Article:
Seventy-nine evacuees and their families are living in tents inside the Santa Cruz Civic Auditorium.
INTERACTIVE MAP: Track wildfires across San Francisco, other parts of CA
According to volunteers at the shelter, the tents are distanced six feet apart and people are required to pass a temperature check before entering the facility.
"It's really been nice here, it's the unknown that hurts," said evacuee Michael Martyn.
"It's going to be bad... when you really get down to the nitty gritty and find out the results of this fire, it's going to be devastating, devastating."
VIDEO: Bay Area shrouded in smoke as Northern California wildfires rage
The Red Cross of Northern California and volunteers tell ABC7 the shelter is stocked with food and cleaning supplies to help evacuees amid this crisis.
What's missing? Any sign these families will have somewhere to come home to. ABC7 spoke to four families who evacuated.
"I left with my clothes... two guitars and a dog," said evacuee Robert Patterson.
"We are frustrated and desperate," said evacuee Liz Jackson. "Just feeling like we're not in control, it's been horrible."
"The ground is still hot. You have to be patient... it's the worse waiting game possible," said evacuee Naomi Sukumbi.
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"This fire is out of control," said Martyn.
These stories capture just a small glimpse of the more than 64,000 people forced to evacuate as the CZU August Lightning Complex Fire continues to burn into Santa Cruz County.
"Where have you been staying?" ABC7's Stephanie Sierra asked.
"Right here... there's my car. I've been sleeping there the last three weeks because I don't have no place to go," Martyn said.
A lonely feeling, Sokumbi can relate to, thinking of friends left behind.
"There's someone we don't know where they're at... it's pretty scary," she said. "Are we going to have anything when we come back?"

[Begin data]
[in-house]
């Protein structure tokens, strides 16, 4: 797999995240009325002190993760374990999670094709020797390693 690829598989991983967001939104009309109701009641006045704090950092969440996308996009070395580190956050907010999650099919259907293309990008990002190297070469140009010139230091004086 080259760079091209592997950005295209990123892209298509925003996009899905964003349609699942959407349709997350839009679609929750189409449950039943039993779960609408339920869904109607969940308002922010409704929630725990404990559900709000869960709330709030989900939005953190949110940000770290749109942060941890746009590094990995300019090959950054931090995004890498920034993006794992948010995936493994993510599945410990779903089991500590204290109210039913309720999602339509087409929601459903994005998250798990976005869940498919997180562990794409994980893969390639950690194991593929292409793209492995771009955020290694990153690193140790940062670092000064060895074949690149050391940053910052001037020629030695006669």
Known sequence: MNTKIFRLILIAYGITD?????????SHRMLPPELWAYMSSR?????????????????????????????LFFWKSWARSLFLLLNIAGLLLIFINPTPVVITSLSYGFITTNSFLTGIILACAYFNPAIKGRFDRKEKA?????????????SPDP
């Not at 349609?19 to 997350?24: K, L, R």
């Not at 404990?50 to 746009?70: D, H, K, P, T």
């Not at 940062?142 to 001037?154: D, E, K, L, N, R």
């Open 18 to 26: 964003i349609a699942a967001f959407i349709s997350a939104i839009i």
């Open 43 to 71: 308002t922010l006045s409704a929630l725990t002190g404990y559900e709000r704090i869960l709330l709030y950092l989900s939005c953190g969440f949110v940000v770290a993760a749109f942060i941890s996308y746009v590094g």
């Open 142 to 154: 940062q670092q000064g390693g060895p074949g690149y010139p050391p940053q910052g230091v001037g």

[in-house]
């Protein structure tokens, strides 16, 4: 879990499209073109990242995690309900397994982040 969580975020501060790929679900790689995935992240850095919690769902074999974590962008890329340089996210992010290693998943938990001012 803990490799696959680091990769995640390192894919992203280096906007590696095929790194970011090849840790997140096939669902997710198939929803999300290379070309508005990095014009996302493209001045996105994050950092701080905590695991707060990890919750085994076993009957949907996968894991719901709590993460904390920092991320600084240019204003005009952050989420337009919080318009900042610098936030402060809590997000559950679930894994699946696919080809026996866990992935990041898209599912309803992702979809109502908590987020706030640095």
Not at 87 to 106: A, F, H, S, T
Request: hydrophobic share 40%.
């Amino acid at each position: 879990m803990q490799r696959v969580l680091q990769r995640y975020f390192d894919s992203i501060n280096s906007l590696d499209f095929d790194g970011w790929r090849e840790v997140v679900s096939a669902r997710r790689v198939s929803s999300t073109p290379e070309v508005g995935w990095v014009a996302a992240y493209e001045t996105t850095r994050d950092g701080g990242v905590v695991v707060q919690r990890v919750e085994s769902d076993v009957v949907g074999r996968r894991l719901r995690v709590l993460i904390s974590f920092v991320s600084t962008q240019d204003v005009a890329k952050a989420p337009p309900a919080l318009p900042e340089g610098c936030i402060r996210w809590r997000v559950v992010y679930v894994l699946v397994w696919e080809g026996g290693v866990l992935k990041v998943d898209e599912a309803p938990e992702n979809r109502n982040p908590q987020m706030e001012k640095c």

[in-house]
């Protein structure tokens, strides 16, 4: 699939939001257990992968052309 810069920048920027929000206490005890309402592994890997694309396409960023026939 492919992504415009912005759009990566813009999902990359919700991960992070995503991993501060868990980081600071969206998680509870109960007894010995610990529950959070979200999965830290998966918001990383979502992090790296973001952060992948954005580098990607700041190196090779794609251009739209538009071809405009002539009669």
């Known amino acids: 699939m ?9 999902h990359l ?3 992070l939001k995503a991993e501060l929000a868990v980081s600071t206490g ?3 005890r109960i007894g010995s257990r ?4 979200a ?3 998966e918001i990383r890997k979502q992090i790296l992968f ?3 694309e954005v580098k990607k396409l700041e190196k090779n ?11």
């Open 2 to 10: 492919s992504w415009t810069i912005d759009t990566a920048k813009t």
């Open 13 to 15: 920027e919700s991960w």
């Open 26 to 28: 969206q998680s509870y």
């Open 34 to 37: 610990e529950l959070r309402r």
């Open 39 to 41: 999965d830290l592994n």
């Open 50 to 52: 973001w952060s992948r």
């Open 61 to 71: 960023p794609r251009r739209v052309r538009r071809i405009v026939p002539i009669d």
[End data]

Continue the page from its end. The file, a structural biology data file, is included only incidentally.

VIDEO: San Mateo County opens 2 evacuation centers for fire victims
In San Mateo County, officials have opened two evacuation centers for residents displaced by the fire.
One location is Half Moon Bay High School, where evacuees can check-in with county staff for information and resources, and to see if any hotel vouchers are still available. Instead of being used as an overnight shelter, the school has been designated as a temporary evacuation point.
In order to provide more room for social distancing due to COVID-19 concerns, the San Mateo County Event Center has also been setup to help evacuees connect with temporary housing.
"It's another safety check. We don't want people standing in line at shelters, and we don't want people exposed to other people in mass groups," said American Red Cross Regional CEO Jennifer Adrio, who says she is working to provide counties with as much help as possible.
"We'll make sure they have food, we'll make sure they have water, and we'll supply whatever short term needs they have."
City officials in Half Moon Bay have already closed off a number of beaches to prevent crowds from flocking to the coast this weekend.
"We're a tourist town, and we want to be stewards of this great land, and share it with everybody, that is our goal, but this current weekend, there's so many different factors going on, and so many emergency situations," said Half Moon Bay Mayor Adam Eisen.
"With all the traffic... and a fire that's coming closer... we don't want the roads to be so busy that we can't evacuate if need be."
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